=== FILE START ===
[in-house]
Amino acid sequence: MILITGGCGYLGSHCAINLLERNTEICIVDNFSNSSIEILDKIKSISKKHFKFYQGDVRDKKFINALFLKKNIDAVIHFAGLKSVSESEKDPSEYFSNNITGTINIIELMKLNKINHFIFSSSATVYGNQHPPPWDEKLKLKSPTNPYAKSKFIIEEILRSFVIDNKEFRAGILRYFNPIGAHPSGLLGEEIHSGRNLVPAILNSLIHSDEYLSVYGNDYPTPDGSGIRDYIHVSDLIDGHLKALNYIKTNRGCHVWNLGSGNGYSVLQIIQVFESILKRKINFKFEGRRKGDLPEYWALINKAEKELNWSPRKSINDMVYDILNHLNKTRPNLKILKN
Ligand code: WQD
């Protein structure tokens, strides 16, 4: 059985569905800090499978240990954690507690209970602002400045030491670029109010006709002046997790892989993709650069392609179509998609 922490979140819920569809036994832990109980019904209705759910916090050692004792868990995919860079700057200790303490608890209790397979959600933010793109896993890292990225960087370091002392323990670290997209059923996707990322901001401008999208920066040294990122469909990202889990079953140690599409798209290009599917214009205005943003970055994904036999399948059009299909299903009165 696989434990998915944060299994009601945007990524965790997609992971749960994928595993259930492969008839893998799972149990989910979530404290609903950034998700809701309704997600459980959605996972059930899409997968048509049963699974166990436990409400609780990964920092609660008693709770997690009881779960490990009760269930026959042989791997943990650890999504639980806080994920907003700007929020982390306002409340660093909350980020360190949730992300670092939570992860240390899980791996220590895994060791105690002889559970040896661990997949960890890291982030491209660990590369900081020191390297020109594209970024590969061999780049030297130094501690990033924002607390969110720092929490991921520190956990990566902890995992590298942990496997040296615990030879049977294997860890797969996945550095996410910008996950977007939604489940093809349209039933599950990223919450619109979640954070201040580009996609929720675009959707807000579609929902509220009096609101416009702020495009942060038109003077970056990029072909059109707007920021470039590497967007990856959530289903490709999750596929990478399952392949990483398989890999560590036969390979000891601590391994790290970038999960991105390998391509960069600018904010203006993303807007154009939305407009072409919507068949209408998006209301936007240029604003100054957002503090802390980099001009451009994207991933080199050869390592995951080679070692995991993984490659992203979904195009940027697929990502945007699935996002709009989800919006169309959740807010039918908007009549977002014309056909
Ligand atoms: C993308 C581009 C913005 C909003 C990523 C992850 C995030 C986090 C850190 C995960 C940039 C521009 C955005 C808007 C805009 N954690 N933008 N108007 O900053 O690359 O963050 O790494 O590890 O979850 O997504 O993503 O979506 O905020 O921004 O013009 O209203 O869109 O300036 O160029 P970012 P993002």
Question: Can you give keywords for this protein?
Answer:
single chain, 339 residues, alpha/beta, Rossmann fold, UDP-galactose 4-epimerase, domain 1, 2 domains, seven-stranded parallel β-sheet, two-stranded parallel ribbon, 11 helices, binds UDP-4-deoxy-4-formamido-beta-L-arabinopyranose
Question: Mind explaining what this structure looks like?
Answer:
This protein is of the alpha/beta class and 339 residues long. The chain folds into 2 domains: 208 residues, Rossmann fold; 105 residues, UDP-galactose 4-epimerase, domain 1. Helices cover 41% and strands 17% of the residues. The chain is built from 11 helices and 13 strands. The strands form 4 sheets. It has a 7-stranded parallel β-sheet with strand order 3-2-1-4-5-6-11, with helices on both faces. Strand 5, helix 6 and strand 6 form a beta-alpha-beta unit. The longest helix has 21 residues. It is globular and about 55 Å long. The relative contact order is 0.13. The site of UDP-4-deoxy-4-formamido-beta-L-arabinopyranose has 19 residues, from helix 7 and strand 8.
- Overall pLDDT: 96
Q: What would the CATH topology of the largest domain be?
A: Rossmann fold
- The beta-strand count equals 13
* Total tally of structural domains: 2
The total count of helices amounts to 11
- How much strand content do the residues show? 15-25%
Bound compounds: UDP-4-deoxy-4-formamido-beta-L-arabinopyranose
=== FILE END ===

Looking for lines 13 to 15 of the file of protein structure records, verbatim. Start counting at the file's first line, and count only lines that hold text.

Q: What would the CATH topology of the largest domain be?
A: Rossmann fold
- The beta-strand count equals 13